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FORUMS Post Processing, Marketing & Presenting Photos Video and Sound Editing 
Thread started 10 Feb 2012 (Friday) 13:41
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Can I charge for this? (who owsn the video)

 
NivoMedia
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Feb 10, 2012 13:41 |  #1

Hello,

I recently made an event coverage video showcasing some artists. Today the client that I was hired to make the video for emailed me and explains that the representative agency for one of the artists would like to have the raw video that took of that artist from that event.

My question is, am I able to charge for the raw video since a 3rd party is technically requesting the video. It would take a lot of my time to organize, burn compress and prepare the footage to be sent and (depending on what option I go with) could cost me in bandwidth or materials + time.

Our agreement with the client originally was that we are hired to create an original video nothing about the ownership of the raw content was discussed. (perhaps my fault)

What are your thoughts on this.


I use a {3+2}D Mark [10-8] and a (23-16)D and a Nikon D(75+75)x2s and a Nikon D(38+2)x

  
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tdragisics
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Feb 10, 2012 14:05 |  #2

Are you okay with giving up your raw video of that artist?

If so, I would recommend asking for them to send you an email directly or vise versa. Then explain that you could give it to them, but to organize and get it to all them would cost X amount. As well as being credited if they use any of the footage because "you own it."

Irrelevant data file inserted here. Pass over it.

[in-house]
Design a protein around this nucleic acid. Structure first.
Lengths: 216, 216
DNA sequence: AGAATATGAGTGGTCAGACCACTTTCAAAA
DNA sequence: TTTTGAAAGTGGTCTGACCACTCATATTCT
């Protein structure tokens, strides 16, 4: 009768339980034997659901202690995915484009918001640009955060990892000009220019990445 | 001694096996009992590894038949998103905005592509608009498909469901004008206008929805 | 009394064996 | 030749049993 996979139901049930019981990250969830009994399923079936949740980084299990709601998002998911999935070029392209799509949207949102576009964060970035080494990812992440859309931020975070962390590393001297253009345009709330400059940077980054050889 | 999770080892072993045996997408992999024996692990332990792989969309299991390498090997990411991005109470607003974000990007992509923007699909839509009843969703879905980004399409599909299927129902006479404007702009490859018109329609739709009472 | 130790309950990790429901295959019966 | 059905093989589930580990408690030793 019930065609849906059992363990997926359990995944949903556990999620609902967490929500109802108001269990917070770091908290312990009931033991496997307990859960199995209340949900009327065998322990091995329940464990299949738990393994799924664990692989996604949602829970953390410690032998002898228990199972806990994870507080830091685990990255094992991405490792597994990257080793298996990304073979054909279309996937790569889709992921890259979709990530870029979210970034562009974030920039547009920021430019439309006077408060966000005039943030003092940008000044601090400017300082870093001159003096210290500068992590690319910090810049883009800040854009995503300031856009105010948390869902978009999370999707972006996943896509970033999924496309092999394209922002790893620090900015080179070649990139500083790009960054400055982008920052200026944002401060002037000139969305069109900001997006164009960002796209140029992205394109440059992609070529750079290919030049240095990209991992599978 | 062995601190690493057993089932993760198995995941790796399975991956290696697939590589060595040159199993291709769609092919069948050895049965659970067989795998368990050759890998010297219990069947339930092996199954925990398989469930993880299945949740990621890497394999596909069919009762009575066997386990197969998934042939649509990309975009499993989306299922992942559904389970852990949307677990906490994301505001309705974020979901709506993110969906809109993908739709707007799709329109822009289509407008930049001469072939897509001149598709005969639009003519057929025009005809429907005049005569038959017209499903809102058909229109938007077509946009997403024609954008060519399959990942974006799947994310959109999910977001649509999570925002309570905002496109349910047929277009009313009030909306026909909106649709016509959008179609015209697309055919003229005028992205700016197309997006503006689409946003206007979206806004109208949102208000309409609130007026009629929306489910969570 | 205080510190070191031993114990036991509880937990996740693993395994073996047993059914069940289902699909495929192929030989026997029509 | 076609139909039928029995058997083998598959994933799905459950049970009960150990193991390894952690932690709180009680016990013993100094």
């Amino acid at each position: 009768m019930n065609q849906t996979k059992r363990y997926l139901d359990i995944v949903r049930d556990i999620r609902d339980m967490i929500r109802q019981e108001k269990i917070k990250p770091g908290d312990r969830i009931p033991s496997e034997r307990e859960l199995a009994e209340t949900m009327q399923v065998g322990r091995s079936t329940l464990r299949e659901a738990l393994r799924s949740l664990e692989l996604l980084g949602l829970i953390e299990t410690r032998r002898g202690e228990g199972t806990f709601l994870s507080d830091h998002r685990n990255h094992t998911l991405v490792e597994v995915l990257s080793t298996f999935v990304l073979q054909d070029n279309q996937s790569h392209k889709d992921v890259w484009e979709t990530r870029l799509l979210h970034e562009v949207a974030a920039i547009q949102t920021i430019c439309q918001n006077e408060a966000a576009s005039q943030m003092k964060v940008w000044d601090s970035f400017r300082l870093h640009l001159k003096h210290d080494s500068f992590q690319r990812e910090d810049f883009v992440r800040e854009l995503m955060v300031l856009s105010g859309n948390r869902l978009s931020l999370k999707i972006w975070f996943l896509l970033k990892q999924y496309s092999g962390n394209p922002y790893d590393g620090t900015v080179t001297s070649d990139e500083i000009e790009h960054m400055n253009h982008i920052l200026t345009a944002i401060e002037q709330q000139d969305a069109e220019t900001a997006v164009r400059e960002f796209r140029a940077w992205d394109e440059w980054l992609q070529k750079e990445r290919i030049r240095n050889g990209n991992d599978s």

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Gameface
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Feb 10, 2012 14:13 |  #3
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People have to stop thinking of video work the way they do photograpy. Generally if you are a DP, the client owns the footage that you were paid to shoot. Since you were contracted to "make a video" they paid you to go shoot something, they own it. You can use it for demo purposes but are you ever going to make money off it again? Let them have it and don't burn bridges. It's not like photography where you can sell it for stock and sell prints, etc.

Charge them for your time to transfer the materials, any drive or disks you buy or use, the shipping, etc. (don't forget markup!) Great thing about all this is you can double dip. This is all stuff that can just be done while you are working on something else or while away from your computer essentially getting paid to do nothing. It's easy money and is done in the industry all the time. If you are freelance I would charge $50 at least for every hour your computer is working on this.




  
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NivoMedia
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Feb 10, 2012 14:17 |  #4

Gameface wrote in post #13863590 (external link)
People have to stop thinking of video work the way they do photograpy. Generally if you are a DP, the client owns the footage that you were paid to shoot. Since you were contracted to "make a video" they paid you to go shoot something, they own it. You can use it for demo purposes but are you ever going to make money off it again? Let them have it and don't burn bridges. It's not like photography where you can sell it for stock and sell prints, etc.

Charge them for your time to transfer the materials, any drive or disks you buy or use, the shipping, etc. Great thing about all this is you can double dip. This is all stuff that can just be done while you are working on something else or while away from your computer essentially getting paid to do nothing. It's easy money and is done in the industry all the time. If you are freelance I would charge $50 at least for every hour your computer is working on this.

Thats what I was looking for, I was thinking it would be like this - just wanted to get a 2nd opinion.

Thank you.


I use a {3+2}D Mark [10-8] and a (23-16)D and a Nikon D(75+75)x2s and a Nikon D(38+2)x